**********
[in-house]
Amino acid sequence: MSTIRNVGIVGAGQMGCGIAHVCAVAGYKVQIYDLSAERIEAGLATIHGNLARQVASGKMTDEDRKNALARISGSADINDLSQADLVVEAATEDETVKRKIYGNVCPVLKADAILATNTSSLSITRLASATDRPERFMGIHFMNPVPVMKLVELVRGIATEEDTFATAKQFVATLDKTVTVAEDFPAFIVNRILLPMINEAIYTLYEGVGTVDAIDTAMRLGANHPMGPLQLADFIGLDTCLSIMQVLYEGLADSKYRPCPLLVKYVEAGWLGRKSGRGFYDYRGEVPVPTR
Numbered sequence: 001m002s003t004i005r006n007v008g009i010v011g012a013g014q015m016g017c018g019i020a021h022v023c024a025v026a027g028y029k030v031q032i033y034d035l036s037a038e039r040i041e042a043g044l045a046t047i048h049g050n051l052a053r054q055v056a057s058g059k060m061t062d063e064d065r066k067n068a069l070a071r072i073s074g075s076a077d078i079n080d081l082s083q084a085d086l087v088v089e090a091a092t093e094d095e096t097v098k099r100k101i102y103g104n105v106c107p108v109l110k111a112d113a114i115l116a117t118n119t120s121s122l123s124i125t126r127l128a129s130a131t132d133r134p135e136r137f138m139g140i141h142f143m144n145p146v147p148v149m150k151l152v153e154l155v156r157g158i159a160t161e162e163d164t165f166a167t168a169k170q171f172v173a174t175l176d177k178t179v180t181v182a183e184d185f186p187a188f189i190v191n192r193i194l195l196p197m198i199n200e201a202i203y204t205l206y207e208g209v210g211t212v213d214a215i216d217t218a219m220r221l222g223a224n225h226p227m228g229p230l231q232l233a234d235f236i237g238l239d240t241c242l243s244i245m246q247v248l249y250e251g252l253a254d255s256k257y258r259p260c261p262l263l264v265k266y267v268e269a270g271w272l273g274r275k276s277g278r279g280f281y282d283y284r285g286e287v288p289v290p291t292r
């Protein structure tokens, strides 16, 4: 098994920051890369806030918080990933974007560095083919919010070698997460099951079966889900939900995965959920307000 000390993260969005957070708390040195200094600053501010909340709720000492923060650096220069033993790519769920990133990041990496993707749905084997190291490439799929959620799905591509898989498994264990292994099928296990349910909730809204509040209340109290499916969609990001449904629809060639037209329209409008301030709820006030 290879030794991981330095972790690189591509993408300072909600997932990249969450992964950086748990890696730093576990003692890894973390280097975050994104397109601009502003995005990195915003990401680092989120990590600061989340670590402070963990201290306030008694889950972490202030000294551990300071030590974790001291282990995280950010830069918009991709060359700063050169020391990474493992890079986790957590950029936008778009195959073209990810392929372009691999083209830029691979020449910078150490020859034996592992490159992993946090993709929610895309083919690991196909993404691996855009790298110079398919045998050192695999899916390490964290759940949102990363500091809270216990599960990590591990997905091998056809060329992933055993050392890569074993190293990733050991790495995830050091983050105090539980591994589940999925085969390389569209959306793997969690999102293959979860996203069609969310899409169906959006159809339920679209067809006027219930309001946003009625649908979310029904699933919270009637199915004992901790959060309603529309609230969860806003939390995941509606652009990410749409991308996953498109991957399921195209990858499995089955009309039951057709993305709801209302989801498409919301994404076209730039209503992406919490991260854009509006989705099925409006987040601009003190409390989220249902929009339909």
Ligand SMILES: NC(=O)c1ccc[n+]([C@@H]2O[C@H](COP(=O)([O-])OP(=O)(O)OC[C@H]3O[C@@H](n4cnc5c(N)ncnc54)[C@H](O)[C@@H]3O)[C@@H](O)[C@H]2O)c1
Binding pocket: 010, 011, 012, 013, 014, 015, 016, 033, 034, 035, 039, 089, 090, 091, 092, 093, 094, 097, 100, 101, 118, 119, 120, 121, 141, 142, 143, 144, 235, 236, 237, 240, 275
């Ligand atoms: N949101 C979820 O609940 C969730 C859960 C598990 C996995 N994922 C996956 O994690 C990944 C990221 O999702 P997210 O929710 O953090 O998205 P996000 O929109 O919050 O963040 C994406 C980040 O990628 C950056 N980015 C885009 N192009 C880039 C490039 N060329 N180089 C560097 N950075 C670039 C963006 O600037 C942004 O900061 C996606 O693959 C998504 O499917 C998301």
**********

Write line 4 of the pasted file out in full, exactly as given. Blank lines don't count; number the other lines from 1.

């Protein structure tokens, strides 16, 4: 098994920051890369806030918080990933974007560095083919919010070698997460099951079966889900939900995965959920307000 000390993260969005957070708390040195200094600053501010909340709720000492923060650096220069033993790519769920990133990041990496993707749905084997190291490439799929959620799905591509898989498994264990292994099928296990349910909730809204509040209340109290499916969609990001449904629809060639037209329209409008301030709820006030 290879030794991981330095972790690189591509993408300072909600997932990249969450992964950086748990890696730093576990003692890894973390280097975050994104397109601009502003995005990195915003990401680092989120990590600061989340670590402070963990201290306030008694889950972490202030000294551990300071030590974790001291282990995280950010830069918009991709060359700063050169020391990474493992890079986790957590950029936008778009195959073209990810392929372009691999083209830029691979020449910078150490020859034996592992490159992993946090993709929610895309083919690991196909993404691996855009790298110079398919045998050192695999899916390490964290759940949102990363500091809270216990599960990590591990997905091998056809060329992933055993050392890569074993190293990733050991790495995830050091983050105090539980591994589940999925085969390389569209959306793997969690999102293959979860996203069609969310899409169906959006159809339920679209067809006027219930309001946003009625649908979310029904699933919270009637199915004992901790959060309603529309609230969860806003939390995941509606652009990410749409991308996953498109991957399921195209990858499995089955009309039951057709993305709801209302989801498409919301994404076209730039209503992406919490991260854009509006989705099925409006987040601009003190409390989220249902929009339909």